T H E H O M E TOW N N E W S PA P E R F O R M E N L O PA R K , AT H E R TO N , P O R TO L A VA L L E Y A N D WO O D S I D E
SEPTEMBER 19, 2012
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vision Woodside farm extends its offerings to the community
See page 5
Info Menlo Inside this issue
ATHERTON Grand estate with three levels all above ground on a private, 1.6+/- acre ﬂag lot. Rooms are spacious and ﬁlled with natural light. 5 bedroom suites, including master suite on the second ﬂoor. Third ﬂoor is ideal for recreation/ﬁtness. Resort like grounds include a pool, spa, tennis court, sweeping terraces, and a studio cabana. 2 separate garages with room for 10 cars. Las Lomitas Schools. $10,888,000
ATHERTON Just past the fairy ring entrance, this gorgeous, completely redone house has it all. Gourmet chef’s kitchen, Viking appliances, wine room, butler’s pantry, and formal dining room. Enormous master suite with his and hers walk in closets, duel sinks, plus a separate make up counter. Sunny pool, outdoor kitchen, huge yard, sport court, guest house, and a 3 car garage. $4,399,000
PORTOLA VALLEY Magical .53+/- acre setting with sweeping views of Windy Hill. This is an amazing property with an updated, contemporary 4bd home. 2830+/- sf of living space on a level 1/2 +/- acre. The ﬂoor plan is open and ﬂowing with walls of windows framing the gardens and views. Excellent location with top ranked Portola Valley schools.
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Photo by Michelle Le/The Almanac
Local Joseph Derrough takes a moment to look up while reading a book at Sharon Park.
Sharon Park removed from list of affordable housing sites By Sandy Brundage and Dave Boyce Almanac Staff Writers
s expected, the six people overseeing Menlo Parkâ€™s hunt for new housing sites voted to drop a neighborhood park from the list on Wednesday night. The 2.67 acres of the 10-acre Sharon Park are no longer under consideration as a possible location for affordable senior housing. But dropping that site meant adding others to the list. In this case, the Housing Element Update Steering Committee restored two areas previously discarded, both on Sand Hill Road â€” the Hewlett Foundation site and a 1.7-acre parcel near I-280 and the Sharon Heights Golf and Country Club. Sharon Heights residents flooded the City Council with hundreds of emails demanding that the park be left alone and that affordable housing be placed elsewhere in the city. After City Attorney Bill McClure determined that rezoning the park would be a long, expensive process, the steer-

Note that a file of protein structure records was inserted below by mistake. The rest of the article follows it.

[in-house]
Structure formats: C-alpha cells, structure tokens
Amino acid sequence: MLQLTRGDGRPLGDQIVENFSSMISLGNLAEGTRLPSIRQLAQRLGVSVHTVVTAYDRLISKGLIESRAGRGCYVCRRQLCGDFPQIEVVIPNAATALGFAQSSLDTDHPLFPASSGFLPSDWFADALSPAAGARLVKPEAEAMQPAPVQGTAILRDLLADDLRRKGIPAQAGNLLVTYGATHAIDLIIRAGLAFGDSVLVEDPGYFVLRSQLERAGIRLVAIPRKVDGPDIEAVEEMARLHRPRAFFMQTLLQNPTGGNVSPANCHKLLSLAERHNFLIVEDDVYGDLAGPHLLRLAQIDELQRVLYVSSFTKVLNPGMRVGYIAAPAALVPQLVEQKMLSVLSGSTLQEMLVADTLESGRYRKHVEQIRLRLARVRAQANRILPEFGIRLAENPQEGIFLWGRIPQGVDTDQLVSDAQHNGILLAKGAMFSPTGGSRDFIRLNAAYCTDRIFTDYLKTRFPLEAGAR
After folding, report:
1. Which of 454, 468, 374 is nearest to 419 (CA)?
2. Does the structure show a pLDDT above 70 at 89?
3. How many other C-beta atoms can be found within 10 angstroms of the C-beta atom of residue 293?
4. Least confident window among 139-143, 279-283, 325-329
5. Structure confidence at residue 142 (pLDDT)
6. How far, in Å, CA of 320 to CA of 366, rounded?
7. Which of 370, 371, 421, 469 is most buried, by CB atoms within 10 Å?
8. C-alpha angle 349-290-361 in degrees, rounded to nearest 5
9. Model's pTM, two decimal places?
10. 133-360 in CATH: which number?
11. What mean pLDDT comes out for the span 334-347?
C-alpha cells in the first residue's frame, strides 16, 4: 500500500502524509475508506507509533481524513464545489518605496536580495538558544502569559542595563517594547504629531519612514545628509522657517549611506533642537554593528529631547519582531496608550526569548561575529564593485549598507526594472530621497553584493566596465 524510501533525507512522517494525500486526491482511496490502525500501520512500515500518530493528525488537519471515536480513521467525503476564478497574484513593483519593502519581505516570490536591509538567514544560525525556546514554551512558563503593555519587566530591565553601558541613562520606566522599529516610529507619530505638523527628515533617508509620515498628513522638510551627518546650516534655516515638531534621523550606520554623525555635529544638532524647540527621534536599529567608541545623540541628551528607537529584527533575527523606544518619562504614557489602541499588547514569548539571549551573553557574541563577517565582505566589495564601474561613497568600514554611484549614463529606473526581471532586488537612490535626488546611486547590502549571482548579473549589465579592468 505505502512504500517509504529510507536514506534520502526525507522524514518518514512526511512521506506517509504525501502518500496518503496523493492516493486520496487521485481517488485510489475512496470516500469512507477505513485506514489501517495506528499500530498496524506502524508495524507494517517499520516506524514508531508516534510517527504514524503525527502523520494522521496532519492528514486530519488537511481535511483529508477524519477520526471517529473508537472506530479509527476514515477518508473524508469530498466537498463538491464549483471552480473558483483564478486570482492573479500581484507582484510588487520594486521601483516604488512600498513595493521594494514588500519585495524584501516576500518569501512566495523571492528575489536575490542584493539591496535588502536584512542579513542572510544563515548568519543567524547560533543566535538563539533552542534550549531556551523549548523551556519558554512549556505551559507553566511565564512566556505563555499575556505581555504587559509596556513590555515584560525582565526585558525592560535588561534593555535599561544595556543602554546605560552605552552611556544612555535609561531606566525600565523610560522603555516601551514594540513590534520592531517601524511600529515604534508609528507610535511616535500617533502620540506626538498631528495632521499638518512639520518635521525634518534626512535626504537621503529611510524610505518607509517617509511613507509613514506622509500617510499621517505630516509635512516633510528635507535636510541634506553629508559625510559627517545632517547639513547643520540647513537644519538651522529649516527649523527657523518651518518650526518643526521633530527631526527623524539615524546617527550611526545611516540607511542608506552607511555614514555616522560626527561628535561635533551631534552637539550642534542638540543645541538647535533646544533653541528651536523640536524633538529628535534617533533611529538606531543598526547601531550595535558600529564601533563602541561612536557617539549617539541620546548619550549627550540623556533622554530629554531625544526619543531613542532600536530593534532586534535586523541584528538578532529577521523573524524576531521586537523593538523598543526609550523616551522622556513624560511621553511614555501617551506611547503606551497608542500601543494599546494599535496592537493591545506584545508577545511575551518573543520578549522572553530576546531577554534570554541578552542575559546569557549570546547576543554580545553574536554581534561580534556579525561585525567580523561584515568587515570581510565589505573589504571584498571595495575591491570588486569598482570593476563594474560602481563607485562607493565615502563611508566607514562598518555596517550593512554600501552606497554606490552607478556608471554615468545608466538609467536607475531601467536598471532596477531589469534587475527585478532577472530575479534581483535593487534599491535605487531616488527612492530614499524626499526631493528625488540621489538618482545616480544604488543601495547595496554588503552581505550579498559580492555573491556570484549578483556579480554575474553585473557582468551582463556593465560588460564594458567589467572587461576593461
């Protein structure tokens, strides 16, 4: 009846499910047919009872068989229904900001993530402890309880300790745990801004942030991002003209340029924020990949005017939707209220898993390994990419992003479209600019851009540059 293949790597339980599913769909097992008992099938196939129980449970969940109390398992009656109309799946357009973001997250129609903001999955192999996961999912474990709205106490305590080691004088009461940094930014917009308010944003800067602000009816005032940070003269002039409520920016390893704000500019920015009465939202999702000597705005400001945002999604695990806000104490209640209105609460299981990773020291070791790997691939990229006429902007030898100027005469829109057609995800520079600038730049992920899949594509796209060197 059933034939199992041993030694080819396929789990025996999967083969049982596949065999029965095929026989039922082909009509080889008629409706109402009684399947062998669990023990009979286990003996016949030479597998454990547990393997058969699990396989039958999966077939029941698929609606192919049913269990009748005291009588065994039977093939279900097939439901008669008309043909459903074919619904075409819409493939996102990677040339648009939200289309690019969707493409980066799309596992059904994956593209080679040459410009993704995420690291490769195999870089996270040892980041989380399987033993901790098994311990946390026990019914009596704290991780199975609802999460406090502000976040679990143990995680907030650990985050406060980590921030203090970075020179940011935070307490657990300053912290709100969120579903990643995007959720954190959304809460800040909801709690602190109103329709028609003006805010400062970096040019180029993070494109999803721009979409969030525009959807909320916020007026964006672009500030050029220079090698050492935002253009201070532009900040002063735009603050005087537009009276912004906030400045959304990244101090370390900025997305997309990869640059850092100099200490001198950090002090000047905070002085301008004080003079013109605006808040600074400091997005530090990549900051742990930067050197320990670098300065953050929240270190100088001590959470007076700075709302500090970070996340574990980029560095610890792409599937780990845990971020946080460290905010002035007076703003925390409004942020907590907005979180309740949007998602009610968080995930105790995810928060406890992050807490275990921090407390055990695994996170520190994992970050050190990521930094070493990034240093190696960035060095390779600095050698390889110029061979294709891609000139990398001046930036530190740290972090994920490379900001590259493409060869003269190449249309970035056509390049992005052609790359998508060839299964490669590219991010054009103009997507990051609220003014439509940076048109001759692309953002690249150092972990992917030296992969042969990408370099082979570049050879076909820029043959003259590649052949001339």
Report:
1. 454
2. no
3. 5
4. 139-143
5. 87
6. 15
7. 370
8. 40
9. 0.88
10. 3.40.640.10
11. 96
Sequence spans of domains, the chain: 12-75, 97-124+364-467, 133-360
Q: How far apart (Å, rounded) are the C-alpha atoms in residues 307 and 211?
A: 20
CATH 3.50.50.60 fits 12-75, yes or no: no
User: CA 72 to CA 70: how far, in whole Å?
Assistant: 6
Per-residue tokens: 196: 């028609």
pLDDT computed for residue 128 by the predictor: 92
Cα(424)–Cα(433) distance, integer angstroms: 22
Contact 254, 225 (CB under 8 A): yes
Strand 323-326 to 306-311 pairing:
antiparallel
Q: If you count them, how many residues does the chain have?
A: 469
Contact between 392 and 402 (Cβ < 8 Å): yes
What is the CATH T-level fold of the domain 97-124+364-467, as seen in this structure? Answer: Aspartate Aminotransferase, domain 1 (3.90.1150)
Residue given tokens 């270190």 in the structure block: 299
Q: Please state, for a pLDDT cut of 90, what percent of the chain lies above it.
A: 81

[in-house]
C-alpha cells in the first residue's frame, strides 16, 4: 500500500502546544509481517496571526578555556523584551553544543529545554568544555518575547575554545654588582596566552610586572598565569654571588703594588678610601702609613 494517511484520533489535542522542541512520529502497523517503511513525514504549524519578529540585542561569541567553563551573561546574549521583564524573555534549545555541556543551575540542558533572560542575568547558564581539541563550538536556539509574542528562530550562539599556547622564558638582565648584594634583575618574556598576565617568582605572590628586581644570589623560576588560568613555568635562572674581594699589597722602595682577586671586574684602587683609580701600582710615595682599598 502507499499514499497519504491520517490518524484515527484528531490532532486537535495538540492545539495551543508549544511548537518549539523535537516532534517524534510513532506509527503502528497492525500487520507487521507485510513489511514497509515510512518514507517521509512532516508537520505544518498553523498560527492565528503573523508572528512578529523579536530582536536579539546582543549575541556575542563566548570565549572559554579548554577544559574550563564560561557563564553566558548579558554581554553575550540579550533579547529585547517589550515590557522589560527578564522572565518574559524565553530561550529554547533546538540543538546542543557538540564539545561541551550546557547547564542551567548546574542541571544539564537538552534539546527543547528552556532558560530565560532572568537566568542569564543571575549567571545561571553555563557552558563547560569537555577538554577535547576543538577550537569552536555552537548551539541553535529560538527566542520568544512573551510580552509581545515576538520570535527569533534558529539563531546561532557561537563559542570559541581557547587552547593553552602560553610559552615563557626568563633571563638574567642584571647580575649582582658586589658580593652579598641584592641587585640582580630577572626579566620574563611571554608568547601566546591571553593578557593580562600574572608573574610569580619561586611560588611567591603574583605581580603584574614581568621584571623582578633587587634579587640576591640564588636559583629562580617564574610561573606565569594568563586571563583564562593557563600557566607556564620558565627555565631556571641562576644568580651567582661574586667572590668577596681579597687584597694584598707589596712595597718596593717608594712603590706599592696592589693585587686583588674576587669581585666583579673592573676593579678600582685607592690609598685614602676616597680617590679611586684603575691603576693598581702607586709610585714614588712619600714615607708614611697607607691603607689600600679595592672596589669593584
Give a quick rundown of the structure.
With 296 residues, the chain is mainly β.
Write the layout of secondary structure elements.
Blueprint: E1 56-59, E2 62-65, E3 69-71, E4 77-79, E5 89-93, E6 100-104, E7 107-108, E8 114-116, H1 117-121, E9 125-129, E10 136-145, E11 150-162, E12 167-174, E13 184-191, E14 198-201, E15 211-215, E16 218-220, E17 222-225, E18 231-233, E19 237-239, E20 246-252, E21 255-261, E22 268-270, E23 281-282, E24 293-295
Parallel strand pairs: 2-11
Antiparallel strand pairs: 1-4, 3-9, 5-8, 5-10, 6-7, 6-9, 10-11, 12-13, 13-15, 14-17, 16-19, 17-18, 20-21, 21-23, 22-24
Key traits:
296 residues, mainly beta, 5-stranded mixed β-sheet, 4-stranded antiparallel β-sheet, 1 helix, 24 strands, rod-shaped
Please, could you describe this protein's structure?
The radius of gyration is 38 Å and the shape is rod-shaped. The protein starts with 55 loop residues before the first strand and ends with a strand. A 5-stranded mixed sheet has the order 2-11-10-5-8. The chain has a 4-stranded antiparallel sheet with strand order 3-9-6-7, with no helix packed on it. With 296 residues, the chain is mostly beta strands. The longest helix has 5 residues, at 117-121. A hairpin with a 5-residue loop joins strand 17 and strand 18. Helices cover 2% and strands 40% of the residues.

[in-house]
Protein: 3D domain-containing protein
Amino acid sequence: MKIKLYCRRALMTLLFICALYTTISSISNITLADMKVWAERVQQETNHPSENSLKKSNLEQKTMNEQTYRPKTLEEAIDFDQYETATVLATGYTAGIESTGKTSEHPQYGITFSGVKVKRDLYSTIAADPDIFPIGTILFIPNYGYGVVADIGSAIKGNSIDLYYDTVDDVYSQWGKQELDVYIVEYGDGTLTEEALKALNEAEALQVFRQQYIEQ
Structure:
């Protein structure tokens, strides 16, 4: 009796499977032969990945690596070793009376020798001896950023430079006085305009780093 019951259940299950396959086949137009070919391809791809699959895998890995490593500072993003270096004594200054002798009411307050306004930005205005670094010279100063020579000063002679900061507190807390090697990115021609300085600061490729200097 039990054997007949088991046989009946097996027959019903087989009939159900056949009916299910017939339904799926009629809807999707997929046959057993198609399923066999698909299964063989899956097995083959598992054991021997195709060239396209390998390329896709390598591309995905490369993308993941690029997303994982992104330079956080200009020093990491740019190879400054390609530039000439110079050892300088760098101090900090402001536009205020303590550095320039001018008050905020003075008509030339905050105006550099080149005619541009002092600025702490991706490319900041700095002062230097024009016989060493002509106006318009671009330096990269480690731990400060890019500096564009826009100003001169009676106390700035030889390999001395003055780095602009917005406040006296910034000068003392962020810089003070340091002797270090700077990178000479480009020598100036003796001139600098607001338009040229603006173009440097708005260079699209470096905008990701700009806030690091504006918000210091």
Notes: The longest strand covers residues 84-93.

ing committee agreed. Other areas, such as the Linfield Oaks neighborhood, are also starting to protest being on the list. JoAnne Goldberg wrote this to the council, echoing sentiments expressed by several neighbors: â€œIt is pretty clear that my neighborhood, Linfield Oaks, remains a target of your plans. This is especially unfortunate
Sharon Heights residents flooded the city with emails. as Linfield Oaks has already been the site of recent housing developments and has borne the brunt of the additional traffic and other negative impacts. â€œGreen space that neighbors used to enjoy has vanished forever. We have more residents but no more amenities. Moreover, our neighborhood will be profoundly affected by upcoming changes in intensity to the downtown/El Camino corridor.â€? Menlo Park has no choice about adding enough high-den-
sity housing zones to accommodate space for 1,000 units as part of a lawsuit settlement over its non-compliance with state law. While the city is not required to actually build the units, it must provide incentives for developers to do so, according to the settlement approved on May 22. State law requires cities to assess and plan to meet their fair share of regional housing needs, which includes affordable housing, every seven years. Menlo Park hasnâ€™t met the state requirements since 1992, but now only has until Oct. 31 to send a draft update to the stateâ€™s Department of Housing and Community Development (HCD). â€œEach city and county has a responsibility to provide, in their housing element, adequate sites to provide affordable housing to people who live there,â€? HCD spokesman Colin Parent told the Almanac. Itâ€™s not a requirement that cities actually build enough affordable housing. â€œItâ€™s sort of a supply side approach,â€? he said. Once the See HOUSING, page 6